New test in tribunal cases could find more doctors acted dishonestlyBMJ 2017; 359 doi: http://www.libreriabv.com/10.1136/bmj.j5453 (Published 23 November 2017) Cite this as: BMJ 2017;359:j5453
A new test for dishonesty has been adopted by medical practitioners tribunals that could increase the chances that doctors will be found to have acted dishonestly.
Tribunals will no longer follow the two stage “Ghosh” test for dishonesty, which was said in a UK Supreme Court judgment last month to be wrong, but will use the simpler test that is now applied in civil cases.
The new test was followed when the General Medical Council won an appeal on 20 November overturning a tribunal finding that Kennedy Krishnan, a doctor who worked for a locum agency while on sick leave from his main employers, was not dishonest.1 The High Court quashed the finding and sent the case back to the tribunal to consider the issue again.
The tribunal, which delivered its findings last April, had used the Ghosh test, which required it first to determine whether a doctor’s conduct would be considered dishonest by the standards of ordinary decent people. Then it went on to consider the second stage of the test: whether the doctor himself had realised that this was so.
The tribunal decided that the answer to the first question was “yes” but the second answer was “no” and therefore the doctor was not dishonest.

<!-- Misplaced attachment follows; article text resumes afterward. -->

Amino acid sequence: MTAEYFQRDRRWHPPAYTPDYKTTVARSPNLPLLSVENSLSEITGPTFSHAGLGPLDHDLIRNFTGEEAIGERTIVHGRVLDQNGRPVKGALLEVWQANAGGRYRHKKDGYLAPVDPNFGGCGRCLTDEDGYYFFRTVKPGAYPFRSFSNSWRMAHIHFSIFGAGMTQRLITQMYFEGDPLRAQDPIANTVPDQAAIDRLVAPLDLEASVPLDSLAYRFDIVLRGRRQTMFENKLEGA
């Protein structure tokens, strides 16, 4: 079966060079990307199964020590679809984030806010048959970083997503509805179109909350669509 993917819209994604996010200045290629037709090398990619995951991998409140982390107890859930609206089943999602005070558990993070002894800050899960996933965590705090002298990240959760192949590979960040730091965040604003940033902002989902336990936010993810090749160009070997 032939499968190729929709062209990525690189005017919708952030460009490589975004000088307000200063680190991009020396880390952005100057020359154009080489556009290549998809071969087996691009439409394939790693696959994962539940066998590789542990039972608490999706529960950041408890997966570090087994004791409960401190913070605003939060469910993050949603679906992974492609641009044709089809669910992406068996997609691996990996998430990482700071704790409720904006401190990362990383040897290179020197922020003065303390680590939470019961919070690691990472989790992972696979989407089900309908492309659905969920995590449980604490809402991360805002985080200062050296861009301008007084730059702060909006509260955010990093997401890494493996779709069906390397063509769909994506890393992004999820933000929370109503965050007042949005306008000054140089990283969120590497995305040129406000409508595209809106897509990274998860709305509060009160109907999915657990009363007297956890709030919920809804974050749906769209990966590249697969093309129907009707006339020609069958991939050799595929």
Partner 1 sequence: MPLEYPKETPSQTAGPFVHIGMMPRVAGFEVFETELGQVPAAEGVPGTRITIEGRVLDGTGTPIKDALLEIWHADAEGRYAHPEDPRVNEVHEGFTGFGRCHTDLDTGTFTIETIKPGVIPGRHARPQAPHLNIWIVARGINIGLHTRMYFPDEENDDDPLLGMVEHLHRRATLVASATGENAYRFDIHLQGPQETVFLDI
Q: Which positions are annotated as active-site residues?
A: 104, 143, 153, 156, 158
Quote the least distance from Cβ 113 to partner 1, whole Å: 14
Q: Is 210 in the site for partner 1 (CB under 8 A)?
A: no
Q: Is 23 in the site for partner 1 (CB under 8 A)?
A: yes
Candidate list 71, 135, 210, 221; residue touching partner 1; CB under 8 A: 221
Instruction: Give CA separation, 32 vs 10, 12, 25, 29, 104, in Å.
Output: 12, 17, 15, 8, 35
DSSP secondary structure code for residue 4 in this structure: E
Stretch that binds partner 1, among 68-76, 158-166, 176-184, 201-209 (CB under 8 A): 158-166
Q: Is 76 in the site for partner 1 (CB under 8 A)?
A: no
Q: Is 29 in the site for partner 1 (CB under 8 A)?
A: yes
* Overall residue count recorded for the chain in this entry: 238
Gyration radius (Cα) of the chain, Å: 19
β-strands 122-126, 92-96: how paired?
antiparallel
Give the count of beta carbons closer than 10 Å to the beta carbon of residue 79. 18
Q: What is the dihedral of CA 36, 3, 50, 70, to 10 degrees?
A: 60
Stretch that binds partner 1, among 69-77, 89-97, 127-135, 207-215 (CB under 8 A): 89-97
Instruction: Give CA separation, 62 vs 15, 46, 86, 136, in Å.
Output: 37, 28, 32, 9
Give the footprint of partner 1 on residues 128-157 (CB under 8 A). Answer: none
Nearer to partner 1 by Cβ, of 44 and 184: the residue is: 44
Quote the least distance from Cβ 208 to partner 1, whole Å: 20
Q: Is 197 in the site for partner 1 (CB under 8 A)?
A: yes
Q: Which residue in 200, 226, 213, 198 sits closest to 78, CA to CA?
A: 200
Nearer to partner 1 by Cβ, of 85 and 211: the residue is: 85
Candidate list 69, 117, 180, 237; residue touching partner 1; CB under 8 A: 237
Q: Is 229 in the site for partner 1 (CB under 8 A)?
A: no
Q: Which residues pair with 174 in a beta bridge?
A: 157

The Ghosh test dates back to a Court of Appeal judgment in 1982 in a criminal case called R v Ghosh. But in last month’s Supreme Court judgment in Ivey v Genting Casinos (UK) Ltd, a civil case in which a professional gambler sued a casino that refused to pay his winnings, Lord Hughes said that the second leg of the Ghosh test “does not correctly represent the law and that directions based upon it ought no longer to be given.”2
The Ghosh test has been used for years in criminal cases and hearings by professional regulators. But in civil cases a different and more objective test, the “Barlow Clowes” test, has come to be used. The Supreme Court said that there was no justification for using a different test for dishonesty in different types of proceedings.
In future the tribunal or jury would have to decide, as in civil cases, what was the individual’s knowledge or belief as to the facts and whether his or her conduct was dishonest according to the standards of ordinary decent people. Whether the individual thought that his or her conduct was honest would be irrelevant.
The Medical Practitioners Tribunal Service issued a circular on 8 November to all tribunal members and legal assessors, notifying them that in future cases the civil test and not the Ghosh test was to be used.
In a commentary on the Ivey case, Fergal Cathie and Rupert Webber, solicitors at Clyde & Co, wrote, “Whilst a welcome clarification, the adoption of the Barlow Clowes standard may mean that professionals may now find themselves at greater risk of findings of dishonesty.”3
They added, “Arguably, this will make it easier to prove dishonesty, as it will no longer be necessary to prove that a professional subjectively understood that he or she was acting dishonestly. This may throw up professional indemnity insurance coverage issues and the professional facing a disciplinary investigation may have new challenges to confront.”